Not just cabbage and lettuce and cantaloupes: Listeria in produce

Foodborne transmission of Listeria monocytogenes was first demonstrated through the investigation of the 1981 Maritime Provinces outbreak involving coleslaw.

sheep.cabbageIn the following two decades, most listeriosis outbreaks involved foods of animal origin, e.g., deli meats, hot dogs, and soft cheeses. L. monocytogenes serotype 4b, especially epidemic clones I, II, and Ia, were frequently implicated in these outbreaks. However, since 2008 several outbreaks have been linked to diverse types of fresh produce: sprouts, celery, cantaloupe, stone fruit, and apples. The 2011 cantaloupe-associated outbreak was one of the deadliest foodborne outbreaks in recent U.S. history.

This review discusses produce-related outbreaks of listeriosis with a focus on special trends, unusual findings, and potential paradigm shifts. With the exception of sprouts, implicated produce types were novel, and outbreaks were one-time events. Several involved serotype 1/2a, and in the 2011 cantaloupe-associated outbreak, serotype 1/2b was for the first time conclusively linked to a common-source outbreak of invasive listeriosis. Also in this outbreak, for the first time multiple strains were implicated in a common-source outbreak.

In 2014, deployment of whole genome sequencing as part of outbreak investigation validated this technique as a pivotal tool for outbreak detection and speedy resolution. In spite of the unusual attributes of produce-related outbreaks, in all but one of the investigated cases (the possible exception being the coleslaw outbreak) contamination was traced to the same sources as those for outbreaks associated with other vehicles (e.g., deli meats), i.e., the processing environment and equipment. The public health impact of farm-level contamination remains uncharacterized.

This review highlights knowledge gaps regarding virulence and other potentially unique attributes of produce outbreak strains, the potential for novel fresh produce items to become unexpectedly implicated in outbreaks, and the key role of good control strategies in the processing environment.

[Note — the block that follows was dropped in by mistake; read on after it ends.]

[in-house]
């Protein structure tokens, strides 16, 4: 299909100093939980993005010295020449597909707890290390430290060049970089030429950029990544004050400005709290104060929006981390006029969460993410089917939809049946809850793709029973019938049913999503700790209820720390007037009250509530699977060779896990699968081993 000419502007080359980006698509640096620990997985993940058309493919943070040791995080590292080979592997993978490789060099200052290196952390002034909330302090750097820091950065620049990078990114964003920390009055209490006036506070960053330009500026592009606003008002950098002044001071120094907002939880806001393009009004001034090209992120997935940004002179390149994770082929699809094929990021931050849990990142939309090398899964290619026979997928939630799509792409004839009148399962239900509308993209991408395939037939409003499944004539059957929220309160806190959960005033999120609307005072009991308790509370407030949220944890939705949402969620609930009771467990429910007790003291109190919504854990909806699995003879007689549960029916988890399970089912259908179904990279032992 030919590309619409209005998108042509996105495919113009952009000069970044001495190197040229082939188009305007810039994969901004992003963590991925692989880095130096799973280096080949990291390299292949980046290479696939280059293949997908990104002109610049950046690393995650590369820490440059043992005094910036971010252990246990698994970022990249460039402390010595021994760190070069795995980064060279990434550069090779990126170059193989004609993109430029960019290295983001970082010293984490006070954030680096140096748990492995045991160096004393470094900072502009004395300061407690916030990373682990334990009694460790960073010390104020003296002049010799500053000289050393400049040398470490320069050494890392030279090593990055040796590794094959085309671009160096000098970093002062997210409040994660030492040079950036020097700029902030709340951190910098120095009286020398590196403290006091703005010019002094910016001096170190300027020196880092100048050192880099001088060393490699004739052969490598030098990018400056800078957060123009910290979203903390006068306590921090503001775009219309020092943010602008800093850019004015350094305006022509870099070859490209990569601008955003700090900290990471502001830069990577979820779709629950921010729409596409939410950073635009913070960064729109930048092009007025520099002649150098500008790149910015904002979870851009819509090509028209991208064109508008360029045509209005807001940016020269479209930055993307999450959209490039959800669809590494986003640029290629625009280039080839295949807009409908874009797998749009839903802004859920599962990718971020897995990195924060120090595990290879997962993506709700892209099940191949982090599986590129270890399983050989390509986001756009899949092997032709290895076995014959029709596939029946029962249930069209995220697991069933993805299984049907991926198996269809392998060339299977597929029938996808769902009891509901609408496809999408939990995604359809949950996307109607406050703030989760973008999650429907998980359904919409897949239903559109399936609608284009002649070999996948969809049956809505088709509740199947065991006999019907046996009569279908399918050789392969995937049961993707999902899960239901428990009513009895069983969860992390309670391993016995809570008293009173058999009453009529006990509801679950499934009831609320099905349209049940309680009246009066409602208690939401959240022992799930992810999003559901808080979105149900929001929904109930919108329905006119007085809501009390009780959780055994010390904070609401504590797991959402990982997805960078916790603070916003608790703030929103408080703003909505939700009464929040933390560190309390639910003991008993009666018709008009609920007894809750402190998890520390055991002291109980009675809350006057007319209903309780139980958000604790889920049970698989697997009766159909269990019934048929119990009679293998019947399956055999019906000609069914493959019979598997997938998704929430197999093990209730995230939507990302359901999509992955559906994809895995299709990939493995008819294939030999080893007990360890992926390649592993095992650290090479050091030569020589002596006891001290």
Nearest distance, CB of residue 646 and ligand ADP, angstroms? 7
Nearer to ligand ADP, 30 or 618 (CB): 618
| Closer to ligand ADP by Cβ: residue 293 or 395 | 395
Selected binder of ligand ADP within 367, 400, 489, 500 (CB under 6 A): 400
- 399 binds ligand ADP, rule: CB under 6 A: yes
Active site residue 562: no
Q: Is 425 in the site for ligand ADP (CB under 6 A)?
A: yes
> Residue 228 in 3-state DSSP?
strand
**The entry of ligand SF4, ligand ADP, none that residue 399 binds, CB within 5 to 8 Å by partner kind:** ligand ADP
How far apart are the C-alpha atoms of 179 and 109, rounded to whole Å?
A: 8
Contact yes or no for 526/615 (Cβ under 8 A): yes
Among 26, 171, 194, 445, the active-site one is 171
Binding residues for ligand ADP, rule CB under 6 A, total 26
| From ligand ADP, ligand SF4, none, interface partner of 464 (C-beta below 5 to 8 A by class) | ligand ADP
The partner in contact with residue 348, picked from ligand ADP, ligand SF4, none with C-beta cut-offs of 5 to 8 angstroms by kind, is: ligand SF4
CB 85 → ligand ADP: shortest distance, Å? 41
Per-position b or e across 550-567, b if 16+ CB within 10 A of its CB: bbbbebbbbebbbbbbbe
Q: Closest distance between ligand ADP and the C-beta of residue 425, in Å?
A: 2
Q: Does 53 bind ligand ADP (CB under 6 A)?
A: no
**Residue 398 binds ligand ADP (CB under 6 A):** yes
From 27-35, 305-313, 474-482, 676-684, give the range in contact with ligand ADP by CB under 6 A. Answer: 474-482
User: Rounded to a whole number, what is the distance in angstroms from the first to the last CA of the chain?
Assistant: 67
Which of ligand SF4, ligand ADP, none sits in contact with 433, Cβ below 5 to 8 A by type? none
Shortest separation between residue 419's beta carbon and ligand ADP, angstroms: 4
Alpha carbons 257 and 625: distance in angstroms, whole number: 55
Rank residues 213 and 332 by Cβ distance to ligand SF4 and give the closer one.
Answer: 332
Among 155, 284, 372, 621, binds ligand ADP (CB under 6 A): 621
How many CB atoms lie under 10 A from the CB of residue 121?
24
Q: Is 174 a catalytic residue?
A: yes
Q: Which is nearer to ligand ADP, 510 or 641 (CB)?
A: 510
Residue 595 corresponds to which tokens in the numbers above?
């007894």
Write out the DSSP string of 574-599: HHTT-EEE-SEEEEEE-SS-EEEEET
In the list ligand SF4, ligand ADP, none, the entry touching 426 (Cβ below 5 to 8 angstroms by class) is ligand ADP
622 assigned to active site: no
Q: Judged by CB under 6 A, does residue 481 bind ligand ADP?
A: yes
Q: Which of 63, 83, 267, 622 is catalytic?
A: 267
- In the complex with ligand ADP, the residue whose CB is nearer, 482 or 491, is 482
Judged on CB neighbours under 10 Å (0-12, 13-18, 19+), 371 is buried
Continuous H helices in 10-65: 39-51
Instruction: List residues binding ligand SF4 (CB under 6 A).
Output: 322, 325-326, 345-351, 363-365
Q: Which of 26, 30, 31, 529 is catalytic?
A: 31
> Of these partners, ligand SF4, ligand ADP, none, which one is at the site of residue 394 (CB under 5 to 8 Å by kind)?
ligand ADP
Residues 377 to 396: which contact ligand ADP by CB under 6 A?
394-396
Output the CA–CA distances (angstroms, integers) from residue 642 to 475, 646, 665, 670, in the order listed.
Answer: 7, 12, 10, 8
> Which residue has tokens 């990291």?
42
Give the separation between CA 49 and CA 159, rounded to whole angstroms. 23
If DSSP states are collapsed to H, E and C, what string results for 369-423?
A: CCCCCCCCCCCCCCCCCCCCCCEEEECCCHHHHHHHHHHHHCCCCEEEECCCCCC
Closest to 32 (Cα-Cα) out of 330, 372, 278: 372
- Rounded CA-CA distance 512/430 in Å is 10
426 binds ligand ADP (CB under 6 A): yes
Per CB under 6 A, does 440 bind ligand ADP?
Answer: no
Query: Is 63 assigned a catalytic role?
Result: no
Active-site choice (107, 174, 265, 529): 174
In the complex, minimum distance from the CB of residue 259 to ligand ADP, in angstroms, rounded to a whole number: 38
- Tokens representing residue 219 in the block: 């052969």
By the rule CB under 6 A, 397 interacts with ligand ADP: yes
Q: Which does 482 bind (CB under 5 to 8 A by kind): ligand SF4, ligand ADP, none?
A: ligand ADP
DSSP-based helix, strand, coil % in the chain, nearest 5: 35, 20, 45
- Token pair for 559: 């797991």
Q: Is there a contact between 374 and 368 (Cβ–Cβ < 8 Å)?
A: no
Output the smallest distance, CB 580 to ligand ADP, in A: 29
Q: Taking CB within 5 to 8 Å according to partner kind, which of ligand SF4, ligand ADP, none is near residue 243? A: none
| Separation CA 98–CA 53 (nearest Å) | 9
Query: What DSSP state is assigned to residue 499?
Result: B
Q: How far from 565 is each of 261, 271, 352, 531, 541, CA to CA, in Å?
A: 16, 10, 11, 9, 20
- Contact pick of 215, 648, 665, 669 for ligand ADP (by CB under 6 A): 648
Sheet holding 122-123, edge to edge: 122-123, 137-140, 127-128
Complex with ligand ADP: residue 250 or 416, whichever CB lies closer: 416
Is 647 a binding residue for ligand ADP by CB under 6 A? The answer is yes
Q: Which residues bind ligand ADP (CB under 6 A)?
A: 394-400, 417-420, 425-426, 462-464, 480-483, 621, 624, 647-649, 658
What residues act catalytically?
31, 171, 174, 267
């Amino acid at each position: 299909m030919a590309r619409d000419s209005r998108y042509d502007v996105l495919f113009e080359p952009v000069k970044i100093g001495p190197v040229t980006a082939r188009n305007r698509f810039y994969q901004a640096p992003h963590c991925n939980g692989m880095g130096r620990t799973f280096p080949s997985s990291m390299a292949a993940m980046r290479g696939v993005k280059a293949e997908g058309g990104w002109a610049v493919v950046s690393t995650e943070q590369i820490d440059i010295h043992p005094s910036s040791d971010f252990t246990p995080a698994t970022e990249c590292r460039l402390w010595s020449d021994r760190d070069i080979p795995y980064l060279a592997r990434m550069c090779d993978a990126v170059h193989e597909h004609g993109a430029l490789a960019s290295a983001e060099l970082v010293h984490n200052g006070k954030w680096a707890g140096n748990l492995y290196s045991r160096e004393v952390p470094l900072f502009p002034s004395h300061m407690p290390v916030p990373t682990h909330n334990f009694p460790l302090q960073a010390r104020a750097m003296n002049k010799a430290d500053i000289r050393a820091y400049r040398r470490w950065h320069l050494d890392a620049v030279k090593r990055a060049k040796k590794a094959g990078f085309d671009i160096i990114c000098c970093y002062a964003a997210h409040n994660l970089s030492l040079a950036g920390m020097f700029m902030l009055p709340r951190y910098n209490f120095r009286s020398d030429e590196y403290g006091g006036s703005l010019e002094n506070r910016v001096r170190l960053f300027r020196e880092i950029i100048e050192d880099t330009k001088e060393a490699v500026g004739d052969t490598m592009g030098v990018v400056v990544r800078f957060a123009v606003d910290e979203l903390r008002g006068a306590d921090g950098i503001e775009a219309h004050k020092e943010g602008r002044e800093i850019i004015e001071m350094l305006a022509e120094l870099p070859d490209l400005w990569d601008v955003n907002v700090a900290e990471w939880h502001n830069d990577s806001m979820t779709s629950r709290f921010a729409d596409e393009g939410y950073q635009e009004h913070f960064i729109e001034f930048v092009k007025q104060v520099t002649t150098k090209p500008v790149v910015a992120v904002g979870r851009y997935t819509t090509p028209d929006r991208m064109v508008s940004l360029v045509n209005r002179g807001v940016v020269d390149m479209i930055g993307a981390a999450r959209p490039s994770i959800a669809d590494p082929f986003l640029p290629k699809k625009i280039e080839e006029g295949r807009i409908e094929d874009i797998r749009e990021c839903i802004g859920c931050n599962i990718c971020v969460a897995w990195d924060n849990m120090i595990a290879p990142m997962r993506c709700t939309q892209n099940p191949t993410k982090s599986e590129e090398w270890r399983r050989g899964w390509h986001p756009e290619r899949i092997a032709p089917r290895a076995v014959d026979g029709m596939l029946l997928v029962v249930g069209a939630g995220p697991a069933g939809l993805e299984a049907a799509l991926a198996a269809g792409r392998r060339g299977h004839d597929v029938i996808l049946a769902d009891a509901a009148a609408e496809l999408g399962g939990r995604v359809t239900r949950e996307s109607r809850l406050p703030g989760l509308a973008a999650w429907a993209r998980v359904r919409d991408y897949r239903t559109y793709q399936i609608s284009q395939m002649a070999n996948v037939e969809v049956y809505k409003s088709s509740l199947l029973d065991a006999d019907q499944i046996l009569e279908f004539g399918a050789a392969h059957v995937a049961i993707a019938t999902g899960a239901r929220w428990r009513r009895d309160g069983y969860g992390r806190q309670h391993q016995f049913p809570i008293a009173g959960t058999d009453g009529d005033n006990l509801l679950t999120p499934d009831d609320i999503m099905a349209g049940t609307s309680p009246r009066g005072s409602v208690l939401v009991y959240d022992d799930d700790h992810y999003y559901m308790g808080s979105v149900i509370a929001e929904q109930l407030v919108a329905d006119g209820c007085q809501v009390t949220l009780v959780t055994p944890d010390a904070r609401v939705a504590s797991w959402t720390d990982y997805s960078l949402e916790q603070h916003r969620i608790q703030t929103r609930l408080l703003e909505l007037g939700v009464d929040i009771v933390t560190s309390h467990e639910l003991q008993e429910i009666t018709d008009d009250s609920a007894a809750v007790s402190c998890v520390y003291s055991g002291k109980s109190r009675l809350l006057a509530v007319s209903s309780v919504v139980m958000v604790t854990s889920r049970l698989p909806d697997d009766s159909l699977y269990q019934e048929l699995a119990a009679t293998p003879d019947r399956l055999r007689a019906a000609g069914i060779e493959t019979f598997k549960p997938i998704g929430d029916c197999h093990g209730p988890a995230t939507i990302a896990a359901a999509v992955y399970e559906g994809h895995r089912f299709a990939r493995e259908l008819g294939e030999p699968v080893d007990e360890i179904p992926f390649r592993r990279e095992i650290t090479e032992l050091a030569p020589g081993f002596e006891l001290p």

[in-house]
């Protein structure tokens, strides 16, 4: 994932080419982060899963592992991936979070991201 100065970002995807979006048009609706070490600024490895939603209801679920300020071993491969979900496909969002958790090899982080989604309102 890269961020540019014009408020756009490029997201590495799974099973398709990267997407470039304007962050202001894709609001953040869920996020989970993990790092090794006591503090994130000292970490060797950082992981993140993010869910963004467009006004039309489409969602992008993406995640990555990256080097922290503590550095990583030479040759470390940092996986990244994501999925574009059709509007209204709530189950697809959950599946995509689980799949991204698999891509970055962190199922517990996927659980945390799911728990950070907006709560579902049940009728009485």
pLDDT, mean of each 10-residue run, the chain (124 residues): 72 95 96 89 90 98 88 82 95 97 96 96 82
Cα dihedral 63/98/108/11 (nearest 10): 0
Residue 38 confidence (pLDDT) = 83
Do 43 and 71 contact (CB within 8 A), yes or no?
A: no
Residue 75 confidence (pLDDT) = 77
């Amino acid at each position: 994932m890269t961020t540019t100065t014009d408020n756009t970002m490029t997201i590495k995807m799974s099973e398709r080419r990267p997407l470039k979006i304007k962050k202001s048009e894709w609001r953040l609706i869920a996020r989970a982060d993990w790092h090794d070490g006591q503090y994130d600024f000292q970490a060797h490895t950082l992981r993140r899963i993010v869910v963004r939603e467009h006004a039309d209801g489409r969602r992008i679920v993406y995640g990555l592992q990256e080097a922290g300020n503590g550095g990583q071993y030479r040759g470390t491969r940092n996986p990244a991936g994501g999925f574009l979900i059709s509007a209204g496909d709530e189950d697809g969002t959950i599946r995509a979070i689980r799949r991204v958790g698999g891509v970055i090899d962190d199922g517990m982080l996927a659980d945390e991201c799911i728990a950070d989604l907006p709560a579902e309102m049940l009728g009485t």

Fresh produce–associated listeriosis outbreaks, sources of concern, teachable moments, and insights

Journal of Food Protection®, Number 2, February 2016, pp. 184-344, pp. 337-344(8)

Garner, Danisha; Kathariou, Sophia

Was it the cabbage? 15 sickened by E. coli O111 linked to Minnesota Applebee’s; know thy suppliers

Green, whole head cabbage was the likely source of E. coli O111 illnesses traced to eating at Applebee’s restaurants in Minnesota this summer, state health officials said Friday.

applebees.ricky_.bobby_Fifteen people were sickened by the produce, which was likely contaminated before it was distributed to restaurants, the department said. Health investigators interviewed 14 who were taken ill: 13 ate at nine Applebee’s restaurants in Minnesota; one ate at a Yard House restaurant.

Many of the cases involved people eating the oriental chicken salad at Applebee’s. This particular strain of E. coli O111 had not been seen in the United States previously, the department said.

Applebee’s pulled the item off its menus and returned it after tapping a different source for the ingredients.

Minnesota investigators traced the cabbage to a common supplier outside of Minnesota and continue to work with the U.S. Food and Drug Administration to investigate its source. “The FDA examination of the potentially involved farms is still ongoing. Single cases of illness that match the outbreak strain have occurred in three other states,” the department said.

Netherlands finds E. coli again in beet sprouts; Thailand finds E. coli in European cabbage

Seek and ye shall find.

But countries still won’t test their way to a safe food supply.

Testing is extremely useful for validating safety procedures and to have a sense of what’s out there.

There’s lots of various E. coli out there.

RNW reports for the second time this week the Dutch Food Quality Authority (nVWA) has found sprouts contaminated with the EHEC bacterium, although it is not the O104 variant. A spokesperson for the Authority said on Friday that the beet seed sprouts have been withdrawn from the market on the orders of Health Minister Edith Schippers.

Meanwhile, Thailand said on Saturday that it had detected E. coli in cabbage imported from Europe and was checking whether it was the lethal strain involved in a killer outbreak in northern Germany.

On Friday Thailand said that E. coli found in avocados a day earlier was not the deadly strain that has swept Europe in recent weeks.

Testing has a role — make it meaningful.